Web101: It’s Ok for Daddy to Go if your Host is a Monster (Part One)

So, in our previous post, “Web101: What is Web Hosting” we covered what web hosting is. In this post we want to talk about the different types of houses that are available. Do you want to host in an RV beside Joe’s Hot Dog Stand (sorry Joe), or pay for a multi-million dollar property overlooking the Pacific Ocean? For most people, something in between is ideal.

 

IN CASE YOU MISSED IT

In describing what hosting is, we described your website as your baby, your hosting account as your house, and your hosting provider as your apartment complex. To be more accurate, it’s not exactly your hosting provider–but your hosting plan that is more like your apartment complexes–because some realtors/providers offer much more than one type of property.

 

SO WHAT ARE THE DIFFERENT OPTIONS?

There are three basic (and yes, there are a multitude of variations) options available to you if you are looking for a place to keep your website. In this article, we will just go over the most common one (and the cheapest).

 

1. Basic Shared Web Hosting


This is the web hosting that gets the most publicity. Why? Because it’s cheaper, by a good margin too. So is living in your car. That doesn’t make it ideal.

 

Shared web-hosting is not all bad though. It really is a good value, because almost anyone can justify paying under $10/mo for a house. Sites like Go Daddy, Host Monster, iPage, and a million other guys all offer ridiculously low prices for their shared web hosting packages. Remember this freaky commercial?

 

godaddyad

 

This is what shared hosting basically is. You pay x dollars a month to rent a small amount of space with a bunch of other people. Think of it like renting a room right out of college. Your sharing a room with 2 other guys, and you three guys are sharing an apartment with 8 other guys (I know, it’s super-crowded, but I was poor). There is very little privacy, there is often drama, and you can’t wait to be able to afford your own space–but it works for now. That’s shared hosting.

 

On the Positive Side

1. It’s cheap. You can afford it.

2. It’s fairly stable much of the time. It doesn’t go down every day. For sure.

3. They have memorable commercials.

 

On the Negative Side

1. It’s not super safe. You are keeping your stuff (and your client’s stuff if applicable) in a pretty vulnerable space. It’s much easier to break into your roommate’s backpack than it is to break into someone’s guarded house.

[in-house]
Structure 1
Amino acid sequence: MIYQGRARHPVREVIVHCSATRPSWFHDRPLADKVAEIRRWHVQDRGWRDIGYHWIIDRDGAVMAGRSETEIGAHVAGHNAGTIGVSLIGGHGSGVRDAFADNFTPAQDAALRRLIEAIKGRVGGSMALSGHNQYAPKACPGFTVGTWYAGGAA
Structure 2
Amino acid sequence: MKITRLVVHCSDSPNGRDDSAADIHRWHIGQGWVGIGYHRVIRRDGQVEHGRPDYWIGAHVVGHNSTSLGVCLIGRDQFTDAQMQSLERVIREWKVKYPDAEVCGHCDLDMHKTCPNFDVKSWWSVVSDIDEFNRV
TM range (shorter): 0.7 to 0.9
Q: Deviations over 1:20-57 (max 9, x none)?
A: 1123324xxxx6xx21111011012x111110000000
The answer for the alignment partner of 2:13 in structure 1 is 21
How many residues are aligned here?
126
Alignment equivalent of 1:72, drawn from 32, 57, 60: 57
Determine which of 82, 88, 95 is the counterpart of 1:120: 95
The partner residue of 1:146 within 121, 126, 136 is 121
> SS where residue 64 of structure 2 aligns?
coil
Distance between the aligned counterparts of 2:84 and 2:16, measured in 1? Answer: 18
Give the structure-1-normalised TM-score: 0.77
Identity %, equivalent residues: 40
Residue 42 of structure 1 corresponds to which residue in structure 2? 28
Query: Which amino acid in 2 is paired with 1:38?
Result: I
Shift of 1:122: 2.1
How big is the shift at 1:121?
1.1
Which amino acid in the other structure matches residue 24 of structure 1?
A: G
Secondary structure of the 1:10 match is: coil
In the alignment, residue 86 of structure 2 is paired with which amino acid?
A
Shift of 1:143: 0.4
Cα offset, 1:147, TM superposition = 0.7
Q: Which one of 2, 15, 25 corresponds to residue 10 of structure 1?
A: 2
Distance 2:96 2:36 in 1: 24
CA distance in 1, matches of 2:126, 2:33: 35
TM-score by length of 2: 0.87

2. Performance suffers. Your website doesn’t perform nearly as well when it’s sharing a computer with tons of other websites. You know the “unlimited everything” your hosting provider offers you? It’s not reality. The more people load on to their sites, the more your site suffers–especially during peak hours.

 

3. It often goes down more. If your roommate burns the house down–your house gets burned down too. Other people can effect not only the performance of your site–but whether or not your site is even live!

 

Does it make sense for Anyone?

Yes. Does it make sense for you? Probably not. Shared hosting makes sense for  a personal blog. Something akin to ‘Cool Puppy Scarves.’ If you have any sort of business, organization–or are planning to make any money on your site–shared hosting is probably not the plan you want to go with.

 

 

DOES NATE DESIGNS STUFF DO HOSTING?

Yes, we do. We’ll discuss that in much more detail in our follow-up article. In the mean time, if you are interested in hosting with us or in using us for design or web development work, please shoot us a message or call.

 

Thanks for reading! Hope it helped.

Nate.

Nate Smith

Lead Developer and CEO

I am a web developer and designer, as well as a husband and father. I grew up in the Boston, MA area and will forever be a Bostonian. I'm passionate about building sites that look great, are easy to navigate, and that work really well on all devices. The languages I work with most are PHP and MySQL, Javascript, HTML5, and CSS--but I also have experience with Ruby, Linux and ASP. The applications I use on a regular basis are Adobe CC, Sublime Text, and PHPStorm.

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